Review: Gwangju Biennale: Roundtable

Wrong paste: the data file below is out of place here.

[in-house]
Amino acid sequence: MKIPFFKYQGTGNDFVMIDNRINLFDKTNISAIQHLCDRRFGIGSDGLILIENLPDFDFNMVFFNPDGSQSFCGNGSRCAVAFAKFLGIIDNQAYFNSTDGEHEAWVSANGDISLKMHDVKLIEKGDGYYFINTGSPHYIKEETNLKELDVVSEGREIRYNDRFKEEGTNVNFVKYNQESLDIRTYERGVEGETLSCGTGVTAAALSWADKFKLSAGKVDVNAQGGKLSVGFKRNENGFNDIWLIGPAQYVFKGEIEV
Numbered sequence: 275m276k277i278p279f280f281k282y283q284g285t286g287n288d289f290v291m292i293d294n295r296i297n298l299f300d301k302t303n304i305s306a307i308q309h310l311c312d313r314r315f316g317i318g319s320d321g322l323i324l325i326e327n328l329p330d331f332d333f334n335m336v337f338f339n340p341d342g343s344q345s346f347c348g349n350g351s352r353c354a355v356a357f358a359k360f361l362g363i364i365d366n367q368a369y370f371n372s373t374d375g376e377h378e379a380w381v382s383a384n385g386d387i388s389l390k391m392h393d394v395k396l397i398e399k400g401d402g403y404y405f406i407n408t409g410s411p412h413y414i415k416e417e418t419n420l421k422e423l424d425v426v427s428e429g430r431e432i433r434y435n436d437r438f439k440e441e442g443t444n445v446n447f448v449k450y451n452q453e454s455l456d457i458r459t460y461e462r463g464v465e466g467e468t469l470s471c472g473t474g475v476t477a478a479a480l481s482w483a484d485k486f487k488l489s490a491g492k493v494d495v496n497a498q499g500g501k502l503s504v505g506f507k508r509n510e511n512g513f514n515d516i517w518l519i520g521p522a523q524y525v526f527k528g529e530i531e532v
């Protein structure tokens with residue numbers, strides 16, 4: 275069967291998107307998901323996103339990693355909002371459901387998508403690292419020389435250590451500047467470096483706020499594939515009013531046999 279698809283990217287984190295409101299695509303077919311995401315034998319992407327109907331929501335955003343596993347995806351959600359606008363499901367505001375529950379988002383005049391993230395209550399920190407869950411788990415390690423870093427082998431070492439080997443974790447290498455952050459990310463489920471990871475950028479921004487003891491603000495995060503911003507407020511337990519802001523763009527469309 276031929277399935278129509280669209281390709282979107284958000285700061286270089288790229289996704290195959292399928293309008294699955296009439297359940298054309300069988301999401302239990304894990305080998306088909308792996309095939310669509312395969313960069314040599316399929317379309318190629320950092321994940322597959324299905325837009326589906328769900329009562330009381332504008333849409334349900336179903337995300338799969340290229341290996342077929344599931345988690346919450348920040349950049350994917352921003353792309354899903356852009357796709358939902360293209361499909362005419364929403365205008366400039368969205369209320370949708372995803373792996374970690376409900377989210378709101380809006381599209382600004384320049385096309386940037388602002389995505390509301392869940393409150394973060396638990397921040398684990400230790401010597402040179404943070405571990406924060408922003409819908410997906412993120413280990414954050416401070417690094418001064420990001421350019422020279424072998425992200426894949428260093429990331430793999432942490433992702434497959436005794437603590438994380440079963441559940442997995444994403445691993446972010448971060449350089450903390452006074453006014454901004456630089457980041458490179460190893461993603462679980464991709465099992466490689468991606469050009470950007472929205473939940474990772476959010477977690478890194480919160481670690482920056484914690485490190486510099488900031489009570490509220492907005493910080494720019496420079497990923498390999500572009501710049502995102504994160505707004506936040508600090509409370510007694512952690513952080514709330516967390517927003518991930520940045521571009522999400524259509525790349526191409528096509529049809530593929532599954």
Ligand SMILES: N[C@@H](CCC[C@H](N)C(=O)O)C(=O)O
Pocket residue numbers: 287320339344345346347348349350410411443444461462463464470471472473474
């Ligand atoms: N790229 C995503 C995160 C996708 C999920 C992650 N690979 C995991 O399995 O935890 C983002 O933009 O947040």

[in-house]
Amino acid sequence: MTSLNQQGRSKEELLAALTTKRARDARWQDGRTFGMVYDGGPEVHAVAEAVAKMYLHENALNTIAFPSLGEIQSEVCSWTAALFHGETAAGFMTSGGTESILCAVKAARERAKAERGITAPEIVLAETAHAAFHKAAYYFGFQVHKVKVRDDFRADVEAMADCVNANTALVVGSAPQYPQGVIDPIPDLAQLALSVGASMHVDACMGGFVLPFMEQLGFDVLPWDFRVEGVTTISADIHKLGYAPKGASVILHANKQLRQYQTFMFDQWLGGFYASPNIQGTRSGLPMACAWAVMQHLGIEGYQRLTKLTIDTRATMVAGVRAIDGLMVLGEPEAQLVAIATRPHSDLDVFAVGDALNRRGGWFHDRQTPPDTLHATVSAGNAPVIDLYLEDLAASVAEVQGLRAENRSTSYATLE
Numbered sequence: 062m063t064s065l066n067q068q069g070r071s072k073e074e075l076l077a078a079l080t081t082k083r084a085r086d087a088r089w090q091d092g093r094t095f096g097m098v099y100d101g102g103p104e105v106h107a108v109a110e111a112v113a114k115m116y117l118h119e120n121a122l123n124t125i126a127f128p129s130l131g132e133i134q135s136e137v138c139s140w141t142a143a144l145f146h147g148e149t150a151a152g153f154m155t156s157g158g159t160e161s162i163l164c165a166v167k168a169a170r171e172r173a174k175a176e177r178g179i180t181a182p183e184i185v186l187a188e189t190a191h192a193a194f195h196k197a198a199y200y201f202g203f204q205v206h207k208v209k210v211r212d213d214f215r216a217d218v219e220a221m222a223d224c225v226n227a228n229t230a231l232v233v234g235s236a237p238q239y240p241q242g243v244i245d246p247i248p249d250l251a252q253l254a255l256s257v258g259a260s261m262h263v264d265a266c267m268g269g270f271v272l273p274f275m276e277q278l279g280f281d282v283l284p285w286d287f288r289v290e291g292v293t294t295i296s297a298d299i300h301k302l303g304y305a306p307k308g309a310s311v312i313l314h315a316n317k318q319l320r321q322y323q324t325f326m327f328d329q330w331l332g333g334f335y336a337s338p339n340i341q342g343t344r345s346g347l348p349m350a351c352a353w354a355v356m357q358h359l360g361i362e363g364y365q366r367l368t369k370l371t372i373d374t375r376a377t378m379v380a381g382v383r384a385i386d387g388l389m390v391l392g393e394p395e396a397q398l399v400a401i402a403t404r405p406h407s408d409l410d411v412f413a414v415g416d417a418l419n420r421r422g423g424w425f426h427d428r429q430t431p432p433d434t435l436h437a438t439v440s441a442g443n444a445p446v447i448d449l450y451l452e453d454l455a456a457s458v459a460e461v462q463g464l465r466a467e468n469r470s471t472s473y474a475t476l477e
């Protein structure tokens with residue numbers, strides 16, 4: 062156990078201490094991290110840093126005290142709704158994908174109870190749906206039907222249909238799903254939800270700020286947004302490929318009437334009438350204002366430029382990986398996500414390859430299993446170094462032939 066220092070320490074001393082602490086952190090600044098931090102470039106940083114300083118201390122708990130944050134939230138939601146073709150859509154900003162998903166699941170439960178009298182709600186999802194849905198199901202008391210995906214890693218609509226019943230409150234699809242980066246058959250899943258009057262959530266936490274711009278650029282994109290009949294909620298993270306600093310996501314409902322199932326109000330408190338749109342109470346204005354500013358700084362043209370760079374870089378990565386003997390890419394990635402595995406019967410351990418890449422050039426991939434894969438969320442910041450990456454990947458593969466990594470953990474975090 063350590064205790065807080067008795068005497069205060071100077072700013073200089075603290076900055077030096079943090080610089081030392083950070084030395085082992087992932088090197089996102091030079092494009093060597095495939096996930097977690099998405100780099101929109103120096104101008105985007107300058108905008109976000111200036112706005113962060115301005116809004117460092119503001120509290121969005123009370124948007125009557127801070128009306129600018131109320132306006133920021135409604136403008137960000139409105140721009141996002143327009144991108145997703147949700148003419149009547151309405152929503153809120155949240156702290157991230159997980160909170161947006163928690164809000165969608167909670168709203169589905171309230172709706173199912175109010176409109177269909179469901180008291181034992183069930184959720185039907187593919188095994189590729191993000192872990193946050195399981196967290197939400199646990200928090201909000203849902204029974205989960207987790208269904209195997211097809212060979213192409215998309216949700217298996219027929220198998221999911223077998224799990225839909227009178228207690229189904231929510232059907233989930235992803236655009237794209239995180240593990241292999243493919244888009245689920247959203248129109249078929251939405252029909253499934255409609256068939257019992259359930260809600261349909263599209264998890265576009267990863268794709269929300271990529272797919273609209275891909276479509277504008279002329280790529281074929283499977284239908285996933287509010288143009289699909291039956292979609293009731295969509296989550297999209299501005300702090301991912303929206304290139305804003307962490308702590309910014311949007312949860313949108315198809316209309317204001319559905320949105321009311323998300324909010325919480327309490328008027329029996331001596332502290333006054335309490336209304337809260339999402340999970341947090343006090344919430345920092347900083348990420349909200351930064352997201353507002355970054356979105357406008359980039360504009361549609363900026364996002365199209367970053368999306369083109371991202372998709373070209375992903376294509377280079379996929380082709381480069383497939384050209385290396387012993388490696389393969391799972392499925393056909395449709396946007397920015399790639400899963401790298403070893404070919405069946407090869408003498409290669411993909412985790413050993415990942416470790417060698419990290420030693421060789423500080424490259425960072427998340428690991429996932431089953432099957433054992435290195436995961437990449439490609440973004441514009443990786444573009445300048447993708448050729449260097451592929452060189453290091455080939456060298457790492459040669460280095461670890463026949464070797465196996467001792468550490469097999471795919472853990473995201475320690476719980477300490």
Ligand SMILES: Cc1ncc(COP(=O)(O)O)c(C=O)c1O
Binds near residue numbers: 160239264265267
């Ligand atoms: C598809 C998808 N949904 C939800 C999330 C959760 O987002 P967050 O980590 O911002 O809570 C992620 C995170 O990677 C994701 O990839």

The word on the street was that this year’s installment of the Gwangju Biennale wasn’t very good. Viewing the co-directed Roundtable with already low expectations, the most obvious flaw of this biennale is that it is not well organized, which despite stating that this its premise is the organization of an open and non-hierarchical endeavor. For even the most egalitarian of exhibits can have a sense of unity or even design. So it is all well and good to intend this and also stand in opposition to the last Gwangju Biennale in order to mess with order. But the last biennale was in comparison a far more comprehensive and coherent statement of its guiding thesis. Roundtable, on the other hand, is plagued by confusing, vague and has an overwhelming amount of signage that often has typos and omits key information like video duration. One area that did excel was the off-site exhibit at Mugaksa, a Buddhist temple. The works shown there were both engaging and enjoyable. Conversely, the works shown in the Daein Market felt haphazard, in a bad way, but not because it was in a market, but because the market is dirty and gross, not inviting in any way. The lack of attention to this area by the organizers or the city was an obvious misstep of the organizers. More importantly what that site added to these works I do not know. For if the site was supposed to inform the works I could see no connection as to why good works by like Kim Beom and Chosil Kil had to be stuffed there and suffer from crap accommodations. In the main halls the show went on too long, meaning the first gallery had a lot of work of interest, even if some felt derivative or familiar, but as one moved through the spaces it became a chore to keep up with the amount of listening and video and reading that had to been done to take in the whole thing. By the last floor in the second building fatigue had set in caused by unevenly juxtaposed works demanding unwarranted attention.